To curb surging imports of electronic items such as mobile phones and TV sets, the Finance Ministry on Friday increased the basic Customs duty on a host of products, which makes them more expensive.

The move will also give a boost to the ‘Make in India’ programme. According to the notification, the Customs duty on mobile phones has been hiked to 15 per cent. The duty on TV sets and microwaves has been doubled to 20 per cent while the duty on video cameras has been hiked to 15 per cent from 10 per cent.

The Customs duty on water heaters and hair dressing instruments has similarly been doubled to 20 per cent along with changes in duty on television cameras, lamp and light fittings and smart electricity meters.

Additionally, the basic Customs duty on LCD, LED and OLED panels for manufacture of TV has been withdrawn; they will attract 7.5 per cent duty.

Price factor However, mobile phone prices, with the exception of the Apple iPhone, may not be impacted by the hike.

“India is not looking for long-term protection, but only for difficulty mitigation for a short period. Prices of handsets may not rise as there is more than sufficient domestic capacity,” said Pankaj Mohindroo, President, Indian Cellular Association, adding that domestic manufacturers make nearly 500 million handset pieces annually. White goods companies are assessing the impact on prices.

“It will encourage foreign consumer durables companies to manufacture products in India rather than import them, and go a long way in fulfilling the goal of making the country a global manufacturing hub for a wide range of electronic goods,” said Abhijit Kotnis, Chief Manufacturing Officer, Videocon. “However, it is too early to assess the impact of the customs duty hike on product pricing.”

Welcoming the duty on imported electronics, an official at a domestic electronic manufacturing company said, “It is unclear if the higher duty is also applicable on raw materials. There may be a pass-through of costs if this is the case.”

Curbs on imports Experts said the move will benefit the government’s campaign to make India a global manufacturing hub by making imports more expensive. “This will make import of these goods costlier, and industry will be forced to explore domestic manufacture of these goods to reduce cost,” said Abhishek Jain, Tax Partner, EY India.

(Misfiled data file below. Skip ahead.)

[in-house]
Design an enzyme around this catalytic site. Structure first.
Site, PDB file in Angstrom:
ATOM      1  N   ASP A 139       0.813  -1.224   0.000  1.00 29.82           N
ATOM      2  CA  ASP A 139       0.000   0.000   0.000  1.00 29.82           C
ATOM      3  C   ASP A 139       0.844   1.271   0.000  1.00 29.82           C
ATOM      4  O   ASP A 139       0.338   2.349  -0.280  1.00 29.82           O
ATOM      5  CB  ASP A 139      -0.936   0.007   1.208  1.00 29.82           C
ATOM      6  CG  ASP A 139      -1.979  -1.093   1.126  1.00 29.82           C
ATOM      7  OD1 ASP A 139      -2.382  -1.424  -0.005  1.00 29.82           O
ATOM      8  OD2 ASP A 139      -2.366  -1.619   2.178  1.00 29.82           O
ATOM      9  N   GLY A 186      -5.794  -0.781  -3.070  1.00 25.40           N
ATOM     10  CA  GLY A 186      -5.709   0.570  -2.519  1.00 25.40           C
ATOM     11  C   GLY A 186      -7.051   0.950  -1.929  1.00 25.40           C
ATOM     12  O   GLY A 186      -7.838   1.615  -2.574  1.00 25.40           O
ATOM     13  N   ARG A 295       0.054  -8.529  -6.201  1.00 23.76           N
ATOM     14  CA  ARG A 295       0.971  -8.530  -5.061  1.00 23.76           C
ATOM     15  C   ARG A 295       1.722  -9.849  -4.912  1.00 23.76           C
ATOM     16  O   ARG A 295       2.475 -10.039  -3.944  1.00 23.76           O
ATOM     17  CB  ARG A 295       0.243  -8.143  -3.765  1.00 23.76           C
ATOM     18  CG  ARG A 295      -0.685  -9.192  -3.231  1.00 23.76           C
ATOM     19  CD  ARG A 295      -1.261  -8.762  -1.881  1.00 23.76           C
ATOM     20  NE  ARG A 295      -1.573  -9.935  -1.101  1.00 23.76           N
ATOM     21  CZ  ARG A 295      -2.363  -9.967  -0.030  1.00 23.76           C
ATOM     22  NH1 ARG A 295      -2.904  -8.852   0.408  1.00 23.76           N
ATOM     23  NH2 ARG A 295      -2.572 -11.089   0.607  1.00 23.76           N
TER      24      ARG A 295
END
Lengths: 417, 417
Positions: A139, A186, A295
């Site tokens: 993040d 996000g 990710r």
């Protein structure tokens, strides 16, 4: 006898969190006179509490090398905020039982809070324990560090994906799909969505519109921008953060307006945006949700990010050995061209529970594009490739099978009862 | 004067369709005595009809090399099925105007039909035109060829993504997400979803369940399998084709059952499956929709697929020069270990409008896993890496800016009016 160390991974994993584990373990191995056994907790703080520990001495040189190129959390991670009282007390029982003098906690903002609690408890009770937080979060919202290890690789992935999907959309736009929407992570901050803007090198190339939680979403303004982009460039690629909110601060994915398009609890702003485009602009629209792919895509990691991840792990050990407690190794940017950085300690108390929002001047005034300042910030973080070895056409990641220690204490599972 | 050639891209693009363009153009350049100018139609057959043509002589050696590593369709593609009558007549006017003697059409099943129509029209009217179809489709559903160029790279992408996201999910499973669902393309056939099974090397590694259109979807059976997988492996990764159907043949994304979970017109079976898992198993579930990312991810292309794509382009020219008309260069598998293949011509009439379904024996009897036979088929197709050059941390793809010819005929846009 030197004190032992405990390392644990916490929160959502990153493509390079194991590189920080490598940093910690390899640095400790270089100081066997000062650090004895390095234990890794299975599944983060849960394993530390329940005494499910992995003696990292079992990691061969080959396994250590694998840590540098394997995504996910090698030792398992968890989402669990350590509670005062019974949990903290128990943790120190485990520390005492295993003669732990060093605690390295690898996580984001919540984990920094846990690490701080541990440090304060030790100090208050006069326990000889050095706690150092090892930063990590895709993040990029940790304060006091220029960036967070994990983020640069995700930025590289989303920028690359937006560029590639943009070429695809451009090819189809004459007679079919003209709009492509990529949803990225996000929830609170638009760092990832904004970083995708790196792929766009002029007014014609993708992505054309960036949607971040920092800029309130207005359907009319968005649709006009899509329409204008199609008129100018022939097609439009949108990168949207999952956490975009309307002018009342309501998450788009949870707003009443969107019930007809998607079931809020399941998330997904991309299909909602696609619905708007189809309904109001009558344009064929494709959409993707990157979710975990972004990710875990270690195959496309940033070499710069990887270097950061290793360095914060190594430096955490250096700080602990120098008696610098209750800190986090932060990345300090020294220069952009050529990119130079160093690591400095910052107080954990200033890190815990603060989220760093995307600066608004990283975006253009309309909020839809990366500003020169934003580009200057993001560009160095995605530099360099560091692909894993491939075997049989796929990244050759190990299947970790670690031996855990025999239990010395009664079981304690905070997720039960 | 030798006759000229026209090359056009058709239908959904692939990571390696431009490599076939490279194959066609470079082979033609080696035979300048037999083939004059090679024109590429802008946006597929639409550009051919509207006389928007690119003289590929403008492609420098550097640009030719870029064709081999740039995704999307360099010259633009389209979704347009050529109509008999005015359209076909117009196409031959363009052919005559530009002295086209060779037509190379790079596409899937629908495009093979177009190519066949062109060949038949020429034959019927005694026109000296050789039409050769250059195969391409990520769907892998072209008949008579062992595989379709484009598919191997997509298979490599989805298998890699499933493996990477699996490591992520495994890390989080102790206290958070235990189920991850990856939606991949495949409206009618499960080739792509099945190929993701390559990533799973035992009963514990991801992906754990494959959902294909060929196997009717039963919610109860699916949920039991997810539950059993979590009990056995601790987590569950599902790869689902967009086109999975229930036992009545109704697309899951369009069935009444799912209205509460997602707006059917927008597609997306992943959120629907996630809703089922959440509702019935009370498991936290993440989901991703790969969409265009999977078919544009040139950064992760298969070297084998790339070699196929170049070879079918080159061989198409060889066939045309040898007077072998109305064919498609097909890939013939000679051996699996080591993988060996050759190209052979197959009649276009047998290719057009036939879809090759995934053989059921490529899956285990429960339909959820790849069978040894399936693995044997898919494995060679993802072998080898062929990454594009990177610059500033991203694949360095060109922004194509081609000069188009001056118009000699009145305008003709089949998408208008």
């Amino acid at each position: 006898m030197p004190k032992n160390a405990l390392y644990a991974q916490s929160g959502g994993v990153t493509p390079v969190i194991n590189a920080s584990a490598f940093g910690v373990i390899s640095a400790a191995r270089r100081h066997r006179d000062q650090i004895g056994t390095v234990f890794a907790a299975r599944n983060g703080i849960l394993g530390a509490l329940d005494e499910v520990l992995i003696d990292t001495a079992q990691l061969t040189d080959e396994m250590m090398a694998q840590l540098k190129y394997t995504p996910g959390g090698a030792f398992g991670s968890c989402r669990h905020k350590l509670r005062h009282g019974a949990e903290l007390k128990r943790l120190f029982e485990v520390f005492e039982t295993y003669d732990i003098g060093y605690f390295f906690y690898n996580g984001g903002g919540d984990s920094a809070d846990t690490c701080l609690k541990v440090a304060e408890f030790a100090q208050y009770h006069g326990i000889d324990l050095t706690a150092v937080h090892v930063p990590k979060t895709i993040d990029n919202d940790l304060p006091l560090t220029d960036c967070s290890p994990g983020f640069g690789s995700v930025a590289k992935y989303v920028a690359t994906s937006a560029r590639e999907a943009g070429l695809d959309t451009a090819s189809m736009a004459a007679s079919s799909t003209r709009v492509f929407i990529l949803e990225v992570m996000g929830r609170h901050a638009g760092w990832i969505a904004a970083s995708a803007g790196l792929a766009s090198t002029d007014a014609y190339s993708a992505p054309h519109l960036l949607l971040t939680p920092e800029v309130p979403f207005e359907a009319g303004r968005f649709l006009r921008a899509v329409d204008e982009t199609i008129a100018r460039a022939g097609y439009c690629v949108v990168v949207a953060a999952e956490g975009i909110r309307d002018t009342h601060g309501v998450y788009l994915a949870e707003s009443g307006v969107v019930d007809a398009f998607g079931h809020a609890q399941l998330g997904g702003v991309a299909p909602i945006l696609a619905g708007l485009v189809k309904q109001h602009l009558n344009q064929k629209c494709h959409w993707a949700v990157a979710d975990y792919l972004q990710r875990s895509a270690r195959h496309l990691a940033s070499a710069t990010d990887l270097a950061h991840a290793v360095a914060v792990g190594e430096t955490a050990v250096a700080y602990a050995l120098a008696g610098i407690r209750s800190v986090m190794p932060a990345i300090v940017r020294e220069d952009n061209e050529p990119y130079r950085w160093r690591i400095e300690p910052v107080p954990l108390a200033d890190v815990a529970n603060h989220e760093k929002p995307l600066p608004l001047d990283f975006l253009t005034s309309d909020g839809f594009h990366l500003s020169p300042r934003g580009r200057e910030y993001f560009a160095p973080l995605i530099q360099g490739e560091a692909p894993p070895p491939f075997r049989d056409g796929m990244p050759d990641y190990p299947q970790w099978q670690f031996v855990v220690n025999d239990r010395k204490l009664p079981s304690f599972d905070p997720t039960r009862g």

The government had from July 1 imposed a 10 per cent basic Customs duty on smartphone imports along with the rollout of the Goods and Services Tax. Imports of electronics surged 24.97 per cent in November to $4,371.98 million from $3,498.44 a year ago.

Pointing out that the import duty hike has been taken under emergency powers under the Customs laws, Pratik Jain, Leader Indirect Tax, PwC India, said some announcements can be expected in Budget 2018-19 on these changes

“The peak Customs duty rate for many electronic products has been increased from 10 per cent to 15 per cent or 20 per cent. This seems to be with the twin objectives of increasing revenues and encouraging more manufacturing and value addition in India,” he said.

“The increase in basic Customs duty on finished goods like smart meters and LED is welcome. This will go a long way in supporting the Make in India initiative and will have a direct impact of boosting domestic employment,” said Shreegopal Kabra, President, IEEMA.

Manish Sharma, President CEAMA and President and CEO, Panasonic India and South Asia, said, “At CEAMA, we have been pushing the government to increase the basic Customs duty for CBUs imported into the country, which in turn will benefit the overall domestic ACE industry.”

He added: “local manufacturing will grow, giving impetus to the government’s ‘Make in India’ vision. This will not lead to a major price hike as the duty structure for local manufacturing remains unchanged, but it will boost indigenous manufacturing and generate more jobs.”